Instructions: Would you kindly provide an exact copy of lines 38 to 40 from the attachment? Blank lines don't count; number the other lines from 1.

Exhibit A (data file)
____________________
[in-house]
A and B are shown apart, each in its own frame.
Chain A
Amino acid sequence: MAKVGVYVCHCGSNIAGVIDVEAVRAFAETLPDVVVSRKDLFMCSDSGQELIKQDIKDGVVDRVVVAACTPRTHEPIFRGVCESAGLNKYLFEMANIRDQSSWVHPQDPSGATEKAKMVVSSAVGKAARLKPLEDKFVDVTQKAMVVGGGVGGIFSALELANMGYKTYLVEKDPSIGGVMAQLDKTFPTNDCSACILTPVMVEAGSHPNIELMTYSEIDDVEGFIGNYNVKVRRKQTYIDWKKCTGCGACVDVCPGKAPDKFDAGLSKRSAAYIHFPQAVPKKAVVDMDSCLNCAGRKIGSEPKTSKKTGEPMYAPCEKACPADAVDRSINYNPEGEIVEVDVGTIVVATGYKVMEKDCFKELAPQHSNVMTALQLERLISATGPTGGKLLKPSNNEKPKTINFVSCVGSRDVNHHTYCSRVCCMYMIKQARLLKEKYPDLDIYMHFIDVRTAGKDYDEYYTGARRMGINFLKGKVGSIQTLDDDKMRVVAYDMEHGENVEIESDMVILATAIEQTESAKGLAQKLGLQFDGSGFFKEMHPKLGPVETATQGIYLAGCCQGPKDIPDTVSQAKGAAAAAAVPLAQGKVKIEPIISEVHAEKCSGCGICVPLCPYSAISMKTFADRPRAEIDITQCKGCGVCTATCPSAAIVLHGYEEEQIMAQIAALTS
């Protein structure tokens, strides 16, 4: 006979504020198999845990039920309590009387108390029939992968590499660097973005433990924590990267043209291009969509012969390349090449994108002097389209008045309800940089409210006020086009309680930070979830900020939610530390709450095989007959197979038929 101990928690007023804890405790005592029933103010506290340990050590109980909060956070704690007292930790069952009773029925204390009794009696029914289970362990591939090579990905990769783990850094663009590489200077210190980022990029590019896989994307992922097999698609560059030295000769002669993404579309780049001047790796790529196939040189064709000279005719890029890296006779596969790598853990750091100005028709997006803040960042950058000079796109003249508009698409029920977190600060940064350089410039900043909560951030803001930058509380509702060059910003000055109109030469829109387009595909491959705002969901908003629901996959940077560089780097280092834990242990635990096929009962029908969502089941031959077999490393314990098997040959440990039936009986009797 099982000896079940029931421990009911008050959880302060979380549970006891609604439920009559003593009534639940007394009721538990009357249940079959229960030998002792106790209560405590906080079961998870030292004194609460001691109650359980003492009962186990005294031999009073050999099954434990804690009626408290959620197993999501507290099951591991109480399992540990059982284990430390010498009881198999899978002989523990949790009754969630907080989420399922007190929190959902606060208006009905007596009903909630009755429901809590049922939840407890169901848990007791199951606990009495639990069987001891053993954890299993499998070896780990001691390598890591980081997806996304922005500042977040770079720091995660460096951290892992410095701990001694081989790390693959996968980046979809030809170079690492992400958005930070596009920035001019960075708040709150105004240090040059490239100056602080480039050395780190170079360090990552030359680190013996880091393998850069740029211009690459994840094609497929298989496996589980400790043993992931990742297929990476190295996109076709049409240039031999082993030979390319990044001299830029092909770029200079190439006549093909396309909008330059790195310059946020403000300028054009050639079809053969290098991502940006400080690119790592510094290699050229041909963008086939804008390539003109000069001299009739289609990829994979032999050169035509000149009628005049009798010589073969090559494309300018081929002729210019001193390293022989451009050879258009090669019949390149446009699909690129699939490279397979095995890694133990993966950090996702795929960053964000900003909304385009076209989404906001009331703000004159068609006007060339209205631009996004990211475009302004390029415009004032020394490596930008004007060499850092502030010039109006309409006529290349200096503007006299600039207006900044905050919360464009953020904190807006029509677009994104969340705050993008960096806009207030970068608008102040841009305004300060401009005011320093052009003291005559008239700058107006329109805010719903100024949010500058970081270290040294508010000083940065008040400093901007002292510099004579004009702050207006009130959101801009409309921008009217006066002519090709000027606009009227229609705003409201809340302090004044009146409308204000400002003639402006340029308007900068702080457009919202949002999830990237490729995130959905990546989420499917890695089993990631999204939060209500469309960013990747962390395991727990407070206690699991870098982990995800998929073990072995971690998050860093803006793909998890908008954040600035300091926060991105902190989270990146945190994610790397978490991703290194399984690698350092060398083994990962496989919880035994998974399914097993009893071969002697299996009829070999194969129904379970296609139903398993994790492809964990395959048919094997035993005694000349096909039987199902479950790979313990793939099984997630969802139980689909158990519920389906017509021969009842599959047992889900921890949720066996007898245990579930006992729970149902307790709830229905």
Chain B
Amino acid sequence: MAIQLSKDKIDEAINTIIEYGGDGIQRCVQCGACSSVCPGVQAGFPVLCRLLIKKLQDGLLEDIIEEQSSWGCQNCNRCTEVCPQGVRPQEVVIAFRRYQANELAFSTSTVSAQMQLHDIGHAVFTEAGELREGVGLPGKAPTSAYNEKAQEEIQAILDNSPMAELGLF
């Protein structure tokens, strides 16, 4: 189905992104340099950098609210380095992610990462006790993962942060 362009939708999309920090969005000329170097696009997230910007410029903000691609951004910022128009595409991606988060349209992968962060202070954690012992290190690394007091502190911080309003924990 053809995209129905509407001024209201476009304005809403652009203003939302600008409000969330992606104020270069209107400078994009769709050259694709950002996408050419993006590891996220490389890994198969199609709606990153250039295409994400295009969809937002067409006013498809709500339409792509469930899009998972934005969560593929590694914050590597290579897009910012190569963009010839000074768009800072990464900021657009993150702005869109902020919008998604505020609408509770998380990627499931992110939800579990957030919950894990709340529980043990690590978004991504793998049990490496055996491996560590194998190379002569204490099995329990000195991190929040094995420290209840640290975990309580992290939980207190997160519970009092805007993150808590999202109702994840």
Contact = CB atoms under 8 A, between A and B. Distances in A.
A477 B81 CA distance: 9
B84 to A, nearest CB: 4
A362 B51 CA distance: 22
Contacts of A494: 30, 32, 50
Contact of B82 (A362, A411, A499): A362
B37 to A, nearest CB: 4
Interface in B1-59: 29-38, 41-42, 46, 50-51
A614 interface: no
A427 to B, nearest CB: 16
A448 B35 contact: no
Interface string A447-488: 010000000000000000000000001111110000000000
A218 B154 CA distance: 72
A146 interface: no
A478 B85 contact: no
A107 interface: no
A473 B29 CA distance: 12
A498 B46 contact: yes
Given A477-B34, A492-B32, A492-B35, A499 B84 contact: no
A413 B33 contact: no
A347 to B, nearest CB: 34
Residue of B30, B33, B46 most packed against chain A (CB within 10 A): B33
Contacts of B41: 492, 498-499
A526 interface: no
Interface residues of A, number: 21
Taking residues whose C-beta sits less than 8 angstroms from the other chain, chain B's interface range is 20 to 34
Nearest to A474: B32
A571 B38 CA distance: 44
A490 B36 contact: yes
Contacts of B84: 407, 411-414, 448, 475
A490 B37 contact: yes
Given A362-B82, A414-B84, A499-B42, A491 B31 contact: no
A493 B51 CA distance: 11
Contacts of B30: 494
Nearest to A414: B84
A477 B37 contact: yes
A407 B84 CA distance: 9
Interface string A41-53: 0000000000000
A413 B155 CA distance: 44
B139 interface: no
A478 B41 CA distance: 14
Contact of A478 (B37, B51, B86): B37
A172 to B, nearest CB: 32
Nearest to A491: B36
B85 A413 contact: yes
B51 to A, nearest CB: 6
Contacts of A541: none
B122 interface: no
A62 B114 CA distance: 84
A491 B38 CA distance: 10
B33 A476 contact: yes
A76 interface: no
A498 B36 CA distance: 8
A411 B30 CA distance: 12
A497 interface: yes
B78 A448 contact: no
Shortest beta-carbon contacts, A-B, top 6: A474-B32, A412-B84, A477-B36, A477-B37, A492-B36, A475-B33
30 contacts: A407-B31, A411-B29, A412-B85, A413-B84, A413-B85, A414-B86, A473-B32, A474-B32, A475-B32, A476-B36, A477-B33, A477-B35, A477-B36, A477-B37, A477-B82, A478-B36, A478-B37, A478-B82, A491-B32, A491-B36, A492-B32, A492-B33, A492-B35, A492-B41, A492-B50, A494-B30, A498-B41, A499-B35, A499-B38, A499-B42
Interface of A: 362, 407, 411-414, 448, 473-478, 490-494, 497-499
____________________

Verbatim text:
Contacts of B84: 407, 411-414, 448, 475
A490 B37 contact: yes
Given A362-B82, A414-B84, A499-B42, A491 B31 contact: no